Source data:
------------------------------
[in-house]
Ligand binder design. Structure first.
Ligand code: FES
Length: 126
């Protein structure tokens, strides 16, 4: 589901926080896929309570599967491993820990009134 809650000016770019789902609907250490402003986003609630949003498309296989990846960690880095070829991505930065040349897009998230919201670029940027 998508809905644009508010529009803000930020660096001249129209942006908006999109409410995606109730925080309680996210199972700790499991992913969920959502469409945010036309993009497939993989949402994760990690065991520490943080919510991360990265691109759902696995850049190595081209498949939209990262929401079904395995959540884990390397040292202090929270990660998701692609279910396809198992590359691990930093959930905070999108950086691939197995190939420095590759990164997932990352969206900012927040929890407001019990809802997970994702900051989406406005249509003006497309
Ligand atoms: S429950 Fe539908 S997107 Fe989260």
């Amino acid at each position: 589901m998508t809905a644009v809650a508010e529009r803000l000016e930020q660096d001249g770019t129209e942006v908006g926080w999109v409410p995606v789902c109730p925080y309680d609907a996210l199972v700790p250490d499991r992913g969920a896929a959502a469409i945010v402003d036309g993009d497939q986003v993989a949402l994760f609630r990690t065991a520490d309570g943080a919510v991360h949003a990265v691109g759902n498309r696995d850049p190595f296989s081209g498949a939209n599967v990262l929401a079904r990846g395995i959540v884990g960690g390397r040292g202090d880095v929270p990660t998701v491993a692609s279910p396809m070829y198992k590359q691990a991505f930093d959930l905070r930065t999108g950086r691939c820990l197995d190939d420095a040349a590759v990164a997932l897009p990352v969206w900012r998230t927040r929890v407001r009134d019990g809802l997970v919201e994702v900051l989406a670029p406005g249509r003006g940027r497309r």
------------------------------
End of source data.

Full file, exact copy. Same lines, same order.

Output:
[in-house]
Ligand binder design. Structure first.
Ligand code: FES
Length: 126
């Protein structure tokens, strides 16, 4: 589901926080896929309570599967491993820990009134 809650000016770019789902609907250490402003986003609630949003498309296989990846960690880095070829991505930065040349897009998230919201670029940027 998508809905644009508010529009803000930020660096001249129209942006908006999109409410995606109730925080309680996210199972700790499991992913969920959502469409945010036309993009497939993989949402994760990690065991520490943080919510991360990265691109759902696995850049190595081209498949939209990262929401079904395995959540884990390397040292202090929270990660998701692609279910396809198992590359691990930093959930905070999108950086691939197995190939420095590759990164997932990352969206900012927040929890407001019990809802997970994702900051989406406005249509003006497309
Ligand atoms: S429950 Fe539908 S997107 Fe989260």
């Amino acid at each position: 589901m998508t809905a644009v809650a508010e529009r803000l000016e930020q660096d001249g770019t129209e942006v908006g926080w999109v409410p995606v789902c109730p925080y309680d609907a996210l199972v700790p250490d499991r992913g969920a896929a959502a469409i945010v402003d036309g993009d497939q986003v993989a949402l994760f609630r990690t065991a520490d309570g943080a919510v991360h949003a990265v691109g759902n498309r696995d850049p190595f296989s081209g498949a939209n599967v990262l929401a079904r990846g395995i959540v884990g960690g390397r040292g202090d880095v929270p990660t998701v491993a692609s279910p396809m070829y198992k590359q691990a991505f930093d959930l905070r930065t999108g950086r691939c820990l197995d190939d420095a040349a590759v990164a997932l897009p990352v969206w900012r998230t927040r929890v407001r009134d019990g809802l997970v919201e994702v900051l989406a670029p406005g249509r003006g940027r497309r």